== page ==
I live in Nicaragua.  I am a minority here, but a very powerful one.  I live in a poor barrio and we presumably have a higher income, “poor missionaries” though we are, than any of our neighbors.  I will tell you that I am continuously waging a war in my heart against taking on racist attitudes toward Nicaraguans.

Mind you, I love these people and have chosen to live here with my family for the past five years.  I love Bismarck and Alfredo and Juan Ramon.  These are true friends and brothers.  But I also get angry, very, very angry over systems that don’t work, over drivers whose decisions endanger me or my children, over attitudes that seem beyond nonsense, reaching actually malicious.  These are all my problems.  I am not saying that I’m wrong about dangerous drivers or broken systems, but declaring “I hate how Nicaraguans drive” is racist.  It is.  Complaining in front of my children how awful “Nicaraguan customer service” is helps instill a racist attitude in them.  These show the sickness of my soul, not because I am mistaken and all Nicaraguans are safe and conscientious drivers or customer service here turns out to be first rate.  No, these are racist attitudes because 1)I am stereotyping a people and generalizing individuals’ behaviors to reflect on an entire race; in contrast, I don’t respond to a maniac gringo driver here (and there are plenty) with “White people are the worst drivers!”, 2)I am ignoring the systemic, generational poverty and injustice that impact everything that happens here.  Here, too, the Nicaraguan experience is different than the white experience.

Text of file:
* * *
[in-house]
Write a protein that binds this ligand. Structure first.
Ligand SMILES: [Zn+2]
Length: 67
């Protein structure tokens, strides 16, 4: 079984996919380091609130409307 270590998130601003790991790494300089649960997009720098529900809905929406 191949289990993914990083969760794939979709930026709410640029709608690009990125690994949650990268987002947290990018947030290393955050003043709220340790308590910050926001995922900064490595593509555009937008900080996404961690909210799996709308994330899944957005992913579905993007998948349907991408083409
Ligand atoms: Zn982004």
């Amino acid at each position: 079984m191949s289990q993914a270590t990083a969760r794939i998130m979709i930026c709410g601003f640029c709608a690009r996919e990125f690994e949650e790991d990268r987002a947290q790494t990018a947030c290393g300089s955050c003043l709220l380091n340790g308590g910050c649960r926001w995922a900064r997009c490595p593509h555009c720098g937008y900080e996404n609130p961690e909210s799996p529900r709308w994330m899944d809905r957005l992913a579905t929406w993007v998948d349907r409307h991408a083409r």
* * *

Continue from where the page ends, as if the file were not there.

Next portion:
Teen pregnancy is at epidemic proportions in Managua, especially in the most impoverished communities**.  That does not mean Nicaraguan teens are slutty or that Nicaraguans lack moral character.  I live in a barrio where a shocking number of children don’t go to school at all.  I have neighbor kids, four- and six-years-old, who attend their fathers’ ice cream cart while he gets drunk.  I mean, daily.  Nine-year-old girls get sold by their families, or sexually abused by their mothers’ boyfriends.  If there’s no school and no employment, nor realistic prospects for either, then starting to have children doesn’t seem that bad of an option.  It gives a girl identity; it raises her value because now she is a mother.  One of the most shocking attitudes I’ve encountered here is that when a 15-year-old girl we know got pregnant, she and (seemingly) her family were thrilled.  According to our culture’s values, this made no sense.

I have to recognize and interpret the actions in the context of extreme poverty, illiteracy, unemployment and hopelessness–all of which contribute to an extremely limited and truncated view of the future.  Almost 30% of the Nicaraguan population is zero to fourteen years.  Another 24% is fourteen to twenty-four.  That’s about half of the population made up largely of what we would consider dependents.  Such demographics, coupled with high unemployment (50-70%) and the collapsing of generations (babies of 14-year-old mothers, 28-year-old grandmothers) puts an immense demand on those responsible to support them–with jobs that pay an average of $150-$200 per month.  48% of the population lives on $1 or less per day and 76% on $2 or less per day.

Those are numbers.  Here’s how it looks:  last week, a friend called my wife six times.  We were out and she hadn’t noticed the calls (it’s nice when we can talk without being interrupted).  Kim called her back to be told that the woman’s husband had been drunk again and she’d just found out that he’d lied about paying their two children’s school matriculation fees.  They owed 2,800 cordobas ($100) and she had only 1,800 cordobas ($64).  We have learned that giving people money directly leads to serious problems and breakdown of relationships.  She asked if there was any way we could help, and we hired her for a few days, enough to earn that money.